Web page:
Emma Ruth Rundle

support Jaye Jayle
author AP date 29/10/18 venue Hotel Cecil, Copenhagen, DEN

After the iconic Jazzhouse shut its doors last year, the venue was beautifully renovated into an elegant speakeasy decor and named Hotel Cecil, bringing with it the promise of a more diverse, or rather, more rock-oriented program. With the exception of VEGA, it is the only venue in town to host artists from that genre and stock a more interesting selection of beverages than lagers and long drinks, and as such, I have grown extremely fond of the place. My experiences there have, however, been dampened somewhat by poor turnouts — something I am pleased to discover is not the case tonight. Claiming the honour for drawing such a crowd is Emma Ruth Rundle, whose solo career has far surpassed the success of her other bands — Marriages and Red Sparowes — and yielded five critically acclaimed studio albums, the latest of which (“On Dark Horses”) was added to her repertoire earlier this Fall. There should thus be plenty of new material making its Danish live début tonight, hoping to woo those of us that were left a bit disappointed by Rundle’s previous concert at the 2017 edition of A Colossal Weekend.

All photos courtesy of Peter Troest

Jaye Jayle

Jaye Jayle’s frontman Evan Patterson hits the nail on the head when he points out that he feels like the band was meant to play at this beautiful venue, for the Louisville, KY-born quartet fits Hotel Cecil’s experimental profile well. While his baritone singing is quick to invite references to Nick Cave, there are plenty of other influences at play and comparisons to be made during the 40-minute set, too. The Handsome Family, Hexvessel, Kellermensch and King Dude all appear in my notes afterward, underlining just how eclectic the group’s take on neofolk really is when one listens closely. I say closely, because the style of Jaye Jayle’s music is as subdued and tempered as their showmanship, which mostly consists of the four musicians each bathing in the warmth of a solitary yellow spotlight, minding his instrument, as though busking beneath a streetlight. This impression is at its strongest during the closing track, “Low Again Street” (off the band’s latest album, “No Trail and Other Unholy Paths”), a psychedelic alt-country piece that gracefully captures the experience of homelessness. But while Patterson and his cohorts — bassist Todd Cook, multi-instrumentalist Corey Smith and drummer Neal Argabright — come across as a little reserved and introspective on the surface, there is nonetheless an intensity, a nerve about the way their musical stories are presented, leaving the slowly multiplying audience in complete silence, except when clapping is due of course. I will not say that I am completely sold just yet, but I would be lying if I said I wasn’t at the very least intrigued by Jaye Jayle’s brooding, yet elegant expression.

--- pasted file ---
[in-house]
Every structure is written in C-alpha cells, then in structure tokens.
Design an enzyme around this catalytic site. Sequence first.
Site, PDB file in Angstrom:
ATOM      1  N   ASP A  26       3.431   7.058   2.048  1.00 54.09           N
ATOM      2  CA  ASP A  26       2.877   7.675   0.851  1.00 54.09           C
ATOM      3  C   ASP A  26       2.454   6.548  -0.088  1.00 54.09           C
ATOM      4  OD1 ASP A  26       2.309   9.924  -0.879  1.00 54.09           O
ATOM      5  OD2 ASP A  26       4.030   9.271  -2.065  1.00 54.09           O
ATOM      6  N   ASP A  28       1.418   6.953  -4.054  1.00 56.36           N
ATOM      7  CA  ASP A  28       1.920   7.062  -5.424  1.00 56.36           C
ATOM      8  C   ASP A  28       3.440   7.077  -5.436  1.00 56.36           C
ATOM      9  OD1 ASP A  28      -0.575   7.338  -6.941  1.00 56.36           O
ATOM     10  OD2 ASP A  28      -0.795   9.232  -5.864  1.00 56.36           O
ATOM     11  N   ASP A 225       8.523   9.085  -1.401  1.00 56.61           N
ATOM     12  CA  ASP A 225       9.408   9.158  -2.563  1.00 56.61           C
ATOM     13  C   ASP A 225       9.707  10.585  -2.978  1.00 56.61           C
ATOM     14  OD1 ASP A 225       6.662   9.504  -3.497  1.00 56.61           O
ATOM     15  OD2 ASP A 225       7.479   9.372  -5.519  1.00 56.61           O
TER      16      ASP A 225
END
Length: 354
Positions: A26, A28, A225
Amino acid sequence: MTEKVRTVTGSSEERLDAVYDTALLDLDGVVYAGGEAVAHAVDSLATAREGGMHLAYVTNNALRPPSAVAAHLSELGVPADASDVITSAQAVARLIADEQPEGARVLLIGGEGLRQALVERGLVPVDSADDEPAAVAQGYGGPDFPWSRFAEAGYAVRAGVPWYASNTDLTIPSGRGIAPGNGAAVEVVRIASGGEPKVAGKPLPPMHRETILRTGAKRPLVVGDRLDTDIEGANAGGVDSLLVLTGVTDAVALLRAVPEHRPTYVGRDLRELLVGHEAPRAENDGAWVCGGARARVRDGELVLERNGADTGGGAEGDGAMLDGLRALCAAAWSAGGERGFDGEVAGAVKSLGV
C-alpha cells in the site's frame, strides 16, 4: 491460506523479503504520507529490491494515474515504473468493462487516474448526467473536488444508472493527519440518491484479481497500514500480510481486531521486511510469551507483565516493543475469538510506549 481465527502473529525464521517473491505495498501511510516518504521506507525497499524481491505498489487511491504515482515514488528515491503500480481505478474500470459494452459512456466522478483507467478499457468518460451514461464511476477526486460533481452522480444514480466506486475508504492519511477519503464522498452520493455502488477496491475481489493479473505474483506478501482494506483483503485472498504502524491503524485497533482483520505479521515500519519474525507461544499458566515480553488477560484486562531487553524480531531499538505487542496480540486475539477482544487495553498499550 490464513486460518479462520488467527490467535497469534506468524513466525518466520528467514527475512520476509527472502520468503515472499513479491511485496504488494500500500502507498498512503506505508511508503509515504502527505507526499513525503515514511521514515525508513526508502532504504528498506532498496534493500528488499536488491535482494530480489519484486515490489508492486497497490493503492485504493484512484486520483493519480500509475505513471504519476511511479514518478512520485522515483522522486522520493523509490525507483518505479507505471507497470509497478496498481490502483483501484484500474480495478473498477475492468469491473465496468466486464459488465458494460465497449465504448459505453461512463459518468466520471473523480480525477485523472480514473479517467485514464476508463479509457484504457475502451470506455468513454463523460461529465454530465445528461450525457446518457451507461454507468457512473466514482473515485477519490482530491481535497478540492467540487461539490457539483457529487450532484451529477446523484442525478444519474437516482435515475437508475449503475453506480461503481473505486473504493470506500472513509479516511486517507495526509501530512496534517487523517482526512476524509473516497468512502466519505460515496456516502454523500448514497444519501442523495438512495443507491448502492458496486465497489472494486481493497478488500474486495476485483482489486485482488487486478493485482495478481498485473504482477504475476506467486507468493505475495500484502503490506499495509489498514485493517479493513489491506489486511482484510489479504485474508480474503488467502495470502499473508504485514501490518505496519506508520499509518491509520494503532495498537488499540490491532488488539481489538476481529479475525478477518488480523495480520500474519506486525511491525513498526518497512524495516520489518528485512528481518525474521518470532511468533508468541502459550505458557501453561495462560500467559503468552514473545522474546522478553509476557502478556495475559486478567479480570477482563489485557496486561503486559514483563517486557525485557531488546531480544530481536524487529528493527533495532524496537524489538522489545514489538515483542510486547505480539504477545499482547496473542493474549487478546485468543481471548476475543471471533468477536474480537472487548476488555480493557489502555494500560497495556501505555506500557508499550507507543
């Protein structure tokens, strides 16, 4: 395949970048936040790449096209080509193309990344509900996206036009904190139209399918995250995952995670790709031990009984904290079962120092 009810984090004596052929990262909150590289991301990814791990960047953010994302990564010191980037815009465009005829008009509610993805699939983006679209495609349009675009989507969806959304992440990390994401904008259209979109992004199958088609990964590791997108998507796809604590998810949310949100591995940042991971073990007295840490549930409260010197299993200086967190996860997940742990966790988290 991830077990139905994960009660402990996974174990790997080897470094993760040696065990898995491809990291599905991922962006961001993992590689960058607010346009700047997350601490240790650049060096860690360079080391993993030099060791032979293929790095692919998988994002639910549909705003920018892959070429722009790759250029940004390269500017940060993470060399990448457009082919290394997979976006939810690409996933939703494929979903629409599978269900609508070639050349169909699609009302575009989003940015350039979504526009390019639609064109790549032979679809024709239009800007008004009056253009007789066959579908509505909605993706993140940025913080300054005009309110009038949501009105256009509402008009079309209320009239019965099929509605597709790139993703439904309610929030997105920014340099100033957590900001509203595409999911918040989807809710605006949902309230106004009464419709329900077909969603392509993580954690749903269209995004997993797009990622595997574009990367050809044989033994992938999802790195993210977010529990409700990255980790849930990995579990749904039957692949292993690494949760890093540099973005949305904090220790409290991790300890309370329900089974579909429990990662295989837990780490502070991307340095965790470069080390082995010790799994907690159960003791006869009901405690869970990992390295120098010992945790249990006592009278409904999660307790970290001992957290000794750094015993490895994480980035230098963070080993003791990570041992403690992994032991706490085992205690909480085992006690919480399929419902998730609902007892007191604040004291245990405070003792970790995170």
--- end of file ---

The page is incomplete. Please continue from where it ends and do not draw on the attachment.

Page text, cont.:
Emma Ruth Rundle

With Patterson manning the guitar and Cook the bass guitar in Emma Ruth Rundle’s touring band, only half of the personnel on stage is replaced during the changeover. In this different capacity, the two musicians seem to have more freedom to rock out, though as the opening track, “Dead Set Eyes”, quickly shows, their doing so never threatens to remove the spotlight from Rundle. Her voice is too gorgeous, and her performance too impassioned for that to happen; she simply fills the room in defiance of her delicate physique, letting her well of emotion wash over the audience with such ardour that by the time “Fever Dreams” (another cut from Rundle’s recent fifth album, “On Dark Horses”) takes over, teardrops are glistening in the corner of many a patron’s eye. This opening segment is enough to convince me that Rundle has lifted her show immensely compared to the last time she dispelled the contents of her heart to a Copenhagen crowd, striking me as more confident in the way she carries herself on stage and presents herself to the audience and giving rise to a number of spine-tingling moments — both when at her most powerful in the likes of “Protection” (off 2016’s “Marked for Death), when at her most fragile in tracks such as “You Don’t Have to Cry”, and especially when her voice and muted guitar notes are the only sounds in the venue during the solo piece “Shadows of My Name” (off 2014’s “Some Heavy Ocean”) in the encore.

I have never been drawn to singer-songwriters in the traditional sense, but these disrupters like Emma Ruth Rundle are another story. While the focus is still on the basics — guitar and singing — the mixing in of doom, post-rock and other heavier elements suites my taste like a glove and a hand. There is so much atmosphere to her music, and it lends itself perfectly to the live setting, where the mix and volume can render its weight even greater, and where her every word can be accentuated by an expression. And tonight, Rundle covers pretty much the entire spectrum of expressions during her 12-song set, overwhelming us with pain and happiness, love and loss, and hope and desolation. It is rare to experience a venue so devoid of random chatter as is the case here tonight, which only strengthens my impression that we are witnessing one of those fabled magical concerts. I am not sure if I was drunk or tired or what it was that put me off Rundle the last time, but with her efforts tonight, she joins some fine company among the most special shows that I have been fortunate enough to see over the last few years.



  • 01. Dead Set Eyes
  • 02. Fever Dreams
  • 03. Apathy on the Indiana Border
  • 04. Protection
  • 05. Races
  • 06. Marked for Death
  • 07. Darkhorse
  • 08. Control
  • 09. Light Song
  • 10. Heaven
  • 11. You Don’t Have to Cry

— Encore —

  • 12. Shadows of My Name

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